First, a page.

Referring to FIG. 3, which is an exploded view of the exemplary embodiment of patient interface device 8, faceplate 14 includes an opening 38 having a shape that corresponds to the shape of frame member 32. Faceplate 14 also includes pegs 40A, 40B, 40C provided around opening 38. Each peg 40A, 40B, 40C is a part of the modular mating assembly 18 that couples cushion 12, faceplate 14 and headgear component 16 to one another. In the illustrated embodiment, each peg 40A, 40B, 40C has a mushroom shape and includes a post portion 42 and an enlarged head portion 44. In addition, cushion 12 includes a main opening 46 having a shape that corresponds to the shape of frame member 32. Cushion 12 also includes holes 48A, 48B, 48C provided around opening 46 that extend into the exterior walls of cushion 12. Each hole 48A, 48B, 48C, like each peg 40A, 40B, 40C, is a part of the modular mating assembly 18 that couples cushion 12, faceplate 14 and headgear component 16 to one another.

To assemble patient interface device 8, headgear component 16, and in particular frame member 32 thereof, is positioned in between cushion 12 and faceplate 14 as shown in FIG. 3. In particular, cushion 12, faceplate 14 and headgear component 16 are arranged so that peg 40A is aligned with aperture 36A and hole 48A, peg 40B is aligned with aperture 36B and hole 48B, and peg 40C is aligned with aperture 36C and hole 48C. Headgear component 16 is then secured in between cushion 12 and faceplate 14 by inserting each peg 40A, 40 b, 40C through the respective aperture 36A, 36B, 36C and hole 48A, 48 b, 48C. Headgear component 16 may then be used to secure patient interface device 8 to the patient's head as described elsewhere herein for use. Other suitable connecting elements/mechanisms may also be used in place of the pegs and holes just described.

According to one particular embodiment, the assembly/mechanism for securing cushion 12, faceplate 14 and headgear component 16 to one another is modular in nature such that any headgear component that includes a frame member 32 can be used with cushion 12 and faceplate 14. Thus, a wide variety of headgear configurations, each having a frame member 32, can be offered for use with cushion 12 and faceplate 14 such that a patient can choose the particular headgear component that fits their particular needs or desires ant any one time, and can change the headgear component as those needs or desires change. To that end, FIGS. 4-7 show two alternative headgear components (labeled 16′ and 16″), each having a frame member 32, that can used to provide such a modular patient interface device system. Also, any cushion and faceplate combination that has similarly positioned pegs 40A, 40B, 40C and holes 48A, 48 b, 48C may be used with a headgear component that includes a frame member 32.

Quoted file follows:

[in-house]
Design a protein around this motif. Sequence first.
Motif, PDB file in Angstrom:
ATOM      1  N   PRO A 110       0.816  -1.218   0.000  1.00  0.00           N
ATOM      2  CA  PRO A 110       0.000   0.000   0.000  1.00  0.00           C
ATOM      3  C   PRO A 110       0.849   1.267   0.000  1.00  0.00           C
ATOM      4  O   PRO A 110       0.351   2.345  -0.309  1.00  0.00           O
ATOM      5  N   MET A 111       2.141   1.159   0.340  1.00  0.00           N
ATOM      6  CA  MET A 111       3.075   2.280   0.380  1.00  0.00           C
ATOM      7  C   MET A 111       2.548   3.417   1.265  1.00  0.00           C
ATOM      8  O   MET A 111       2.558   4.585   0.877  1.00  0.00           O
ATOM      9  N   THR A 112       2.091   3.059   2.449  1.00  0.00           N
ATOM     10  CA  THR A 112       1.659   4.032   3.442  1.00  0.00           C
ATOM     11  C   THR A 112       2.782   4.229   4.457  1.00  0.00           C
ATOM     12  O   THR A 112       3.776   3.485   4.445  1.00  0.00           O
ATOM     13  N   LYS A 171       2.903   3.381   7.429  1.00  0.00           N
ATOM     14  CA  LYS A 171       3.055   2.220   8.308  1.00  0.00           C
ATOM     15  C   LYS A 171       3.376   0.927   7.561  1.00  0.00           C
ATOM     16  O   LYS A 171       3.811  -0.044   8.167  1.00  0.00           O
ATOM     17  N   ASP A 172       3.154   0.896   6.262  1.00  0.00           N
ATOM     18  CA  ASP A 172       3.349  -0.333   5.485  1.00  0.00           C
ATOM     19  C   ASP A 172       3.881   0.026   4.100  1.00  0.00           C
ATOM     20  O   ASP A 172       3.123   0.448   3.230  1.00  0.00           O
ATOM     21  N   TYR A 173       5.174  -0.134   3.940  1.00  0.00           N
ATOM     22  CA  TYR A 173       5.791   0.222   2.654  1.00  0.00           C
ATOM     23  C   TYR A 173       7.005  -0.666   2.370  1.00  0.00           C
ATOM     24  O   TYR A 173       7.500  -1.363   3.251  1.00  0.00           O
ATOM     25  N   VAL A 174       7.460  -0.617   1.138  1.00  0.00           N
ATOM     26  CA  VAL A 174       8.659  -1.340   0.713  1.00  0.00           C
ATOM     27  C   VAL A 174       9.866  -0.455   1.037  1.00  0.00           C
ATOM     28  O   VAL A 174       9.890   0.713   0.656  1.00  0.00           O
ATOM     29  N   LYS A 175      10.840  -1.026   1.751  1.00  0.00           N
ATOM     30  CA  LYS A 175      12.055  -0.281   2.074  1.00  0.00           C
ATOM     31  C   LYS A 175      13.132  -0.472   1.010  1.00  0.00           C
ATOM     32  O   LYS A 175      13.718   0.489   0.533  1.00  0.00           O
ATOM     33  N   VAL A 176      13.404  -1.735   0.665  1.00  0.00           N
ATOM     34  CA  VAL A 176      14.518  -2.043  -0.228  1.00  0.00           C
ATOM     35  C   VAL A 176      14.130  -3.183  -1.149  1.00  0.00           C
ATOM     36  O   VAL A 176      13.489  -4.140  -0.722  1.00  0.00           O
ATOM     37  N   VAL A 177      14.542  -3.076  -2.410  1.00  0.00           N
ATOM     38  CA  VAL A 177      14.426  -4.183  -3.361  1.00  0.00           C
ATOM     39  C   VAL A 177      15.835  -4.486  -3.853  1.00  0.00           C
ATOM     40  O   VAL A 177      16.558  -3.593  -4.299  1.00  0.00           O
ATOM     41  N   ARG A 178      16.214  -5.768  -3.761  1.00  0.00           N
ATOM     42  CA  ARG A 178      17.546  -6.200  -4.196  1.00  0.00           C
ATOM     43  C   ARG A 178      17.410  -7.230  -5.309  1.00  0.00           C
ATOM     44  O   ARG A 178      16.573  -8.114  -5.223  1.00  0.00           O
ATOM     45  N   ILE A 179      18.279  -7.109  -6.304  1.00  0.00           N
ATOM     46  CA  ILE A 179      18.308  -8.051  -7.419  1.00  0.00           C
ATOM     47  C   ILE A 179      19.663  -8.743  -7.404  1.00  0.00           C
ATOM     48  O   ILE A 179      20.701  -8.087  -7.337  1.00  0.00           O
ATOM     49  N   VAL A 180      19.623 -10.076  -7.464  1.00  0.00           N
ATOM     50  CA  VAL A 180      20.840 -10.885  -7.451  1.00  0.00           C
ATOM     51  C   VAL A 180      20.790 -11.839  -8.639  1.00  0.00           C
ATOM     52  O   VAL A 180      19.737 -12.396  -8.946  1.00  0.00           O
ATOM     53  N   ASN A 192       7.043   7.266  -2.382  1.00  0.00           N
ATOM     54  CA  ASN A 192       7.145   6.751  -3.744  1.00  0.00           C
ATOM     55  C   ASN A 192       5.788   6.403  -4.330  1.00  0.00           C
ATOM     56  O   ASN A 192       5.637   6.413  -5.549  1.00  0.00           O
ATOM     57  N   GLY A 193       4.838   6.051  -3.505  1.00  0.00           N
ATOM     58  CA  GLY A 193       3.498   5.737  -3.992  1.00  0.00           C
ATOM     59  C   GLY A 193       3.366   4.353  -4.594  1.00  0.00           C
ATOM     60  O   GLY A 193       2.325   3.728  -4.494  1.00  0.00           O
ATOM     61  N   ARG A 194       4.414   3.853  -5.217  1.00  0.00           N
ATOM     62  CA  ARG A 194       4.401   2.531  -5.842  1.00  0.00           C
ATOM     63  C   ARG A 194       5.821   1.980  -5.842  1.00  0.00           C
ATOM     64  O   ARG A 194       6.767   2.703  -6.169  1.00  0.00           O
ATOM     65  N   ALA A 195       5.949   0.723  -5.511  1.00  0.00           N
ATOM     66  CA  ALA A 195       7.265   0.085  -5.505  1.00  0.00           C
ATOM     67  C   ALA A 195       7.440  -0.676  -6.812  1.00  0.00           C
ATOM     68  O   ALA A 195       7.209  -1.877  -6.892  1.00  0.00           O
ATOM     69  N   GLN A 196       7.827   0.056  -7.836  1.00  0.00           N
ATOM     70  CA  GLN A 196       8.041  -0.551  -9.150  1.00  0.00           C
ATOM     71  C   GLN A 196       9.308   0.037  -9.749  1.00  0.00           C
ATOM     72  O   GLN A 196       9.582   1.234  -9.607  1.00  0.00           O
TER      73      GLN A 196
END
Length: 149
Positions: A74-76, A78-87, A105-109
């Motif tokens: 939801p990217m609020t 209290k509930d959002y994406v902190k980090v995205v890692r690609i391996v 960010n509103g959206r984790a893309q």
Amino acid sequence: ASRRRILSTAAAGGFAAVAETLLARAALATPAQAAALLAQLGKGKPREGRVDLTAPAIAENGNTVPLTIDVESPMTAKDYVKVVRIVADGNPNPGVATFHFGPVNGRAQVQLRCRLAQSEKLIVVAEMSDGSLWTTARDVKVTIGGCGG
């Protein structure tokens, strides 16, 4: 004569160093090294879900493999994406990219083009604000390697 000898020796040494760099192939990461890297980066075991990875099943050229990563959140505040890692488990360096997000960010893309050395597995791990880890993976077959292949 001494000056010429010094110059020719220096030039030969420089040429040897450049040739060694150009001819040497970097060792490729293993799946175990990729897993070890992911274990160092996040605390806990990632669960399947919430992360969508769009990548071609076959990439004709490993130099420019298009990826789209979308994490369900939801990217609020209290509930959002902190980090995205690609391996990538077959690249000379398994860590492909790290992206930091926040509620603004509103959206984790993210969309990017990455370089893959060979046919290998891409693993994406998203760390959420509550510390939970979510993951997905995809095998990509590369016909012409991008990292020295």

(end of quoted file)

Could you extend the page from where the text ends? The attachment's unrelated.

FIG. 4 is a schematic diagram of a system 2′ adapted to provide a regimen of respiratory therapy to a patient according to one alternative exemplary embodiment of the invention. System 2′ includes a number of the same components as system 2 shown in FIG. 1, and like components are labeled with like reference numerals. System 2′ includes an alternative headgear component 16′ structured to be provided and secured in between cushion 12 and faceplate 14.